KUALA LUMPUR, Jan 20 — Parents may apply for Covid-19 vaccination appointments for their children aged between five and 11 through the MySejahtera application beginning January 31, the Health Ministry announced today.

Health Minister Khairy Jamaluddin said parents may register their children as their dependents beginning January 31, with registration priorities given to parents residing in Klang Valley.

He said the vaccines will be administered in two doses with an eight-week interval from the initial jab to provide a higher efficacy rate as well as having the potential to provide longer lasting immunisation response against Covid-19.

“Recently, there has been an increase in Covid-19 infections among children especially after the opening of the school year,” he said in a statement.

“In addition, the new Omicron variant is found to be easily spread and has a high potential of infecting children as well as adults.

“Looking at the necessity to protect our child population, the Health Ministry though the Drug Control Authority having analysed the safety data and effectiveness, have agreed to grant conditional approval to the Comirnaty 10mcg Concentrate for Dispersion (Pfizer-BioNTech) vaccine on January 6 for use in children aged five to 11 years,” he said.

The vaccination programme — dubbed Covid-19 Immunisation Programme for Children (PICKids) — will be officially launched at Hospital Tunku Azizah, Kuala Lumpur, on February 3.

This followed the recent announcement made by the Special Committee on Covid-19 Vaccine Supply Access Guarantee (JKJAV) on inoculation of children aged between five and 11, scheduled to begin next month.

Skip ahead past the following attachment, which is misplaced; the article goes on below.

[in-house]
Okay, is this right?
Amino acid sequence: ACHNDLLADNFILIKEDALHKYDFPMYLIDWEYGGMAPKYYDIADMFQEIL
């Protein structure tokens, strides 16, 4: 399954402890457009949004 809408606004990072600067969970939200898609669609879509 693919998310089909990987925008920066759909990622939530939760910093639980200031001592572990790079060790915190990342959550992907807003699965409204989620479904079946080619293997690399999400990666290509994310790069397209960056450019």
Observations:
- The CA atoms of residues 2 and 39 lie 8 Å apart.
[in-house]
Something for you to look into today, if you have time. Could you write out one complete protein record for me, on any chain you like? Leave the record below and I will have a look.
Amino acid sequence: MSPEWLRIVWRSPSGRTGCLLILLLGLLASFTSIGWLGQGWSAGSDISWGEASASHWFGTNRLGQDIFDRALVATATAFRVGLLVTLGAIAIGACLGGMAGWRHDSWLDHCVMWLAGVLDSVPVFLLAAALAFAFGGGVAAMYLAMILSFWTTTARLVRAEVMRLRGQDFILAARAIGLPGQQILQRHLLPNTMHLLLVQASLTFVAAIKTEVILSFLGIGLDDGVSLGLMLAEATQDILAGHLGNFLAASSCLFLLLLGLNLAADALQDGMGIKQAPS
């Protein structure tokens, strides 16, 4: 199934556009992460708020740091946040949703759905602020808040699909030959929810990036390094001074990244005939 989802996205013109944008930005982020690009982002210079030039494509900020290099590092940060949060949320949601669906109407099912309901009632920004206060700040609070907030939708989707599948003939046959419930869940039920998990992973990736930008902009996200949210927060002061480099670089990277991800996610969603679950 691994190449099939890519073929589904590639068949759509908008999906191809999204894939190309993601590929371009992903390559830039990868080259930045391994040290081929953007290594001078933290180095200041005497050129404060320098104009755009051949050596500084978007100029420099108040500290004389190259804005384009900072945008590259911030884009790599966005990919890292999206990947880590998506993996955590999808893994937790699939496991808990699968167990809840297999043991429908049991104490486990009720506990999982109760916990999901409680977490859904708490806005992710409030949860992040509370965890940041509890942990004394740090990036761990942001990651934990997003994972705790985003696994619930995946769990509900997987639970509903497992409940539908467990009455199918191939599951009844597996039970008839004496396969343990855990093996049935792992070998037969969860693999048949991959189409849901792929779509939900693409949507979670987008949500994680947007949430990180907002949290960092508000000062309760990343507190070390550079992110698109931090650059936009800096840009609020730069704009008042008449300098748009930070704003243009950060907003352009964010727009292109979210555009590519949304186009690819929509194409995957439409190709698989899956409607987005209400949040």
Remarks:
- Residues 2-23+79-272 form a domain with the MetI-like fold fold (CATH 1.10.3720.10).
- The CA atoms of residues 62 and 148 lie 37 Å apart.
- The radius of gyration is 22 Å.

In a tweet yesterday, JKJAV said those eligible will only receive paediatric doses of Pfizer-BioNTech’s Cominarty vaccine which has been proven to be safe and effective.

Citing data obtained from January 25, 2020 to January 19 this year, Khairy said Covid-19 cases involving individuals aged below 18 totalled 579,624 cases.

Of the 579,624 cases, a total of 269,773 involved children aged five to 11.

Khairy further said 31 Covid-19 fatalities recorded to date involved children aged five to 11.

“Data obtained from countries affected by the Omicron variant showed an increase in hospital admission amongst children.

“Apart from the risk of Long-Covid or post-Covid conditions, children infected with Covid-19 is also at higher risk of being diagnosed with Multi-System Inflammatory Syndrome in Children (MIS-C),” he said.

Explaining further, Khairy said one in 3,200 children infected with Covid-19 is at risk of MIS-C, where the patient could suffer from serious medical complications such as prolonged fever, low blood pressure, seizures and organ inflammation.

This, he said, would also cause irreparable damage to the child’s overall psychological state, learning development and social life.

The paediatric dose is a smaller dose of the vaccine, equivalent to one-third of the dosage given to individuals aged 12 and above.

It is a special formulation for children and is supplied in a 10-dose vial (orange lid) which should be mixed with 1.3ml of common saline solution.

JKJAV said clinical trials found that the risk of symptomatic Covid-19 infection in vaccinated children is reduced by 90 per cent, with post-vaccination side effects ranging only from mild to moderate.

It also said children with comorbidities or those at high risk of contracting severe Covid-19 infections will be prioritised for vaccination

Those with a history of severe allergies (anaphylaxis) against medicines, food or unknown ingredients, including those who developed allergic reactions within 72 hours of their first jab, will be ineligible from receiving the vaccine.

As with other publicly available vaccines, Khairy said the Cominarty vaccine can cause mild to short-termed side effects such as soreness, dizziness, fatigue, shivers and fever.

“This vaccination programme for children has also begun implementation in countries such as the United States, Singapore, Canada, Israel and Australia.

Khairy said the ministry was targeting 70 per cent of the children population aged between five to 11 to be administered the vaccine within two months after the inoculation programme kicks off early February, with 80 per cent expected to receive their full dosage in six months.